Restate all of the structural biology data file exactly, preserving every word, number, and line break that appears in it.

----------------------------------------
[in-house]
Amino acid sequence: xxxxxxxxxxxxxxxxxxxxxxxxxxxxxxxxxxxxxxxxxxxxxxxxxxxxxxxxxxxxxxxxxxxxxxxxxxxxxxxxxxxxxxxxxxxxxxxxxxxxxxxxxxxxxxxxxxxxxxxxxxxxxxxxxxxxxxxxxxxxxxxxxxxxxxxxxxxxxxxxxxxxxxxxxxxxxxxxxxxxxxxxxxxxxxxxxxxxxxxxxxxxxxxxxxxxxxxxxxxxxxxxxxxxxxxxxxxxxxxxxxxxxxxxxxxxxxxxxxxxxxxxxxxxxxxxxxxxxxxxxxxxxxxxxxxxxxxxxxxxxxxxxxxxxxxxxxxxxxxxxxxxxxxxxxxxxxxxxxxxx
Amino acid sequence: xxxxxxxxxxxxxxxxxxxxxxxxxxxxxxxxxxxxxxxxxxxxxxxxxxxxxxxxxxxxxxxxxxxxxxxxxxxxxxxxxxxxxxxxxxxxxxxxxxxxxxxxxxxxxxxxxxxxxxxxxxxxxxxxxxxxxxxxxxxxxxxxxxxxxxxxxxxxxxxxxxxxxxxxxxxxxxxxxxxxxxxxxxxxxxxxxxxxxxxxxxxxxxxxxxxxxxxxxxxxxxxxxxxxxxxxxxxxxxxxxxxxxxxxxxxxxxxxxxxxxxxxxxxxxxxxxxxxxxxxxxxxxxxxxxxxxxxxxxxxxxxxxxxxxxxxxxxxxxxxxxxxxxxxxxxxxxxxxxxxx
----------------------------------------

[in-house]
Amino acid sequence: xxxxxxxxxxxxxxxxxxxxxxxxxxxxxxxxxxxxxxxxxxxxxxxxxxxxxxxxxxxxxxxxxxxxxxxxxxxxxxxxxxxxxxxxxxxxxxxxxxxxxxxxxxxxxxxxxxxxxxxxxxxxxxxxxxxxxxxxxxxxxxxxxxxxxxxxxxxxxxxxxxxxxxxxxxxxxxxxxxxxxxxxxxxxxxxxxxxxxxxxxxxxxxxxxxxxxxxxxxxxxxxxxxxxxxxxxxxxxxxxxxxxxxxxxxxxxxxxxxxxxxxxxxxxxxxxxxxxxxxxxxxxxxxxxxxxxxxxxxxxxxxxxxxxxxxxxxxxxxxxxxxxxxxxxxxxxxxxxxxxx
Amino acid sequence: xxxxxxxxxxxxxxxxxxxxxxxxxxxxxxxxxxxxxxxxxxxxxxxxxxxxxxxxxxxxxxxxxxxxxxxxxxxxxxxxxxxxxxxxxxxxxxxxxxxxxxxxxxxxxxxxxxxxxxxxxxxxxxxxxxxxxxxxxxxxxxxxxxxxxxxxxxxxxxxxxxxxxxxxxxxxxxxxxxxxxxxxxxxxxxxxxxxxxxxxxxxxxxxxxxxxxxxxxxxxxxxxxxxxxxxxxxxxxxxxxxxxxxxxxxxxxxxxxxxxxxxxxxxxxxxxxxxxxxxxxxxxxxxxxxxxxxxxxxxxxxxxxxxxxxxxxxxxxxxxxxxxxxxxxxxxxxxxxxxxx